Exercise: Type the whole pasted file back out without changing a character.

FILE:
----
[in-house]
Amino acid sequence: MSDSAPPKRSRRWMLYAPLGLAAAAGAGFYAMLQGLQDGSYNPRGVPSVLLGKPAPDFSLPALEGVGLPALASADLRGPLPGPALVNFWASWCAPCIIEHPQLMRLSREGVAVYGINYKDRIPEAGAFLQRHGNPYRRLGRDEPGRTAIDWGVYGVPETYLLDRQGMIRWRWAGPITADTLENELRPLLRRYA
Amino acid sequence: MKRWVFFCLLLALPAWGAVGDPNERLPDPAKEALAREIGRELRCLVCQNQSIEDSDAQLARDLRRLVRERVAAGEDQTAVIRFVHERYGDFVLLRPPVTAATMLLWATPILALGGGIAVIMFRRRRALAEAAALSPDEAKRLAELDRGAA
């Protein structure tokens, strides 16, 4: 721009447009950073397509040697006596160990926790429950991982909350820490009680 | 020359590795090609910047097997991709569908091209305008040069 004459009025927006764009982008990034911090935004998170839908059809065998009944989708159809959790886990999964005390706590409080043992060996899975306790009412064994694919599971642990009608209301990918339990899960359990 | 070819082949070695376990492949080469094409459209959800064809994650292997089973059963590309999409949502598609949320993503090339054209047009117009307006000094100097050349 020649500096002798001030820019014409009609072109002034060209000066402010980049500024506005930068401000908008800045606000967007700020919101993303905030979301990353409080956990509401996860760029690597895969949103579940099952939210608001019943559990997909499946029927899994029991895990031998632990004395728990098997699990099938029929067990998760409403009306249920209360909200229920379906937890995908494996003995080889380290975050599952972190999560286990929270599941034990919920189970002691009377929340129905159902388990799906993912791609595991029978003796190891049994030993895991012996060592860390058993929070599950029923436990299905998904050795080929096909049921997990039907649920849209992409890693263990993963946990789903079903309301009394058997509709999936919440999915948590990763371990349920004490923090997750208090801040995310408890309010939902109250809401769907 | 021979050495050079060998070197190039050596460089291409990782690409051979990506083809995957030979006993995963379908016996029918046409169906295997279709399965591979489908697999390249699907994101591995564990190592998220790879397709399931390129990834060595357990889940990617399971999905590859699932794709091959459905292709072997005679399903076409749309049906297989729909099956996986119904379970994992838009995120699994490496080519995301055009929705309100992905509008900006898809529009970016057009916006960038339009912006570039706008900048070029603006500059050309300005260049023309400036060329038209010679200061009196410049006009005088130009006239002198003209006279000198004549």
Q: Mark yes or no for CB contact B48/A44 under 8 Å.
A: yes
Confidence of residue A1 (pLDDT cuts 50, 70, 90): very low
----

[in-house]
Amino acid sequence: MSDSAPPKRSRRWMLYAPLGLAAAAGAGFYAMLQGLQDGSYNPRGVPSVLLGKPAPDFSLPALEGVGLPALASADLRGPLPGPALVNFWASWCAPCIIEHPQLMRLSREGVAVYGINYKDRIPEAGAFLQRHGNPYRRLGRDEPGRTAIDWGVYGVPETYLLDRQGMIRWRWAGPITADTLENELRPLLRRYA
Amino acid sequence: MKRWVFFCLLLALPAWGAVGDPNERLPDPAKEALAREIGRELRCLVCQNQSIEDSDAQLARDLRRLVRERVAAGEDQTAVIRFVHERYGDFVLLRPPVTAATMLLWATPILALGGGIAVIMFRRRRALAEAAALSPDEAKRLAELDRGAA
């Protein structure tokens, strides 16, 4: 721009447009950073397509040697006596160990926790429950991982909350820490009680 | 020359590795090609910047097997991709569908091209305008040069 004459009025927006764009982008990034911090935004998170839908059809065998009944989708159809959790886990999964005390706590409080043992060996899975306790009412064994694919599971642990009608209301990918339990899960359990 | 070819082949070695376990492949080469094409459209959800064809994650292997089973059963590309999409949502598609949320993503090339054209047009117009307006000094100097050349 020649500096002798001030820019014409009609072109002034060209000066402010980049500024506005930068401000908008800045606000967007700020919101993303905030979301990353409080956990509401996860760029690597895969949103579940099952939210608001019943559990997909499946029927899994029991895990031998632990004395728990098997699990099938029929067990998760409403009306249920209360909200229920379906937890995908494996003995080889380290975050599952972190999560286990929270599941034990919920189970002691009377929340129905159902388990799906993912791609595991029978003796190891049994030993895991012996060592860390058993929070599950029923436990299905998904050795080929096909049921997990039907649920849209992409890693263990993963946990789903079903309301009394058997509709999936919440999915948590990763371990349920004490923090997750208090801040995310408890309010939902109250809401769907 | 021979050495050079060998070197190039050596460089291409990782690409051979990506083809995957030979006993995963379908016996029918046409169906295997279709399965591979489908697999390249699907994101591995564990190592998220790879397709399931390129990834060595357990889940990617399971999905590859699932794709091959459905292709072997005679399903076409749309049906297989729909099956996986119904379970994992838009995120699994490496080519995301055009929705309100992905509008900006898809529009970016057009916006960038339009912006570039706008900048070029603006500059050309300005260049023309400036060329038209010679200061009196410049006009005088130009006239002198003209006279000198004549």
Q: Mark yes or no for CB contact B48/A44 under 8 Å.
A: yes
Confidence of residue A1 (pLDDT cuts 50, 70, 90): very low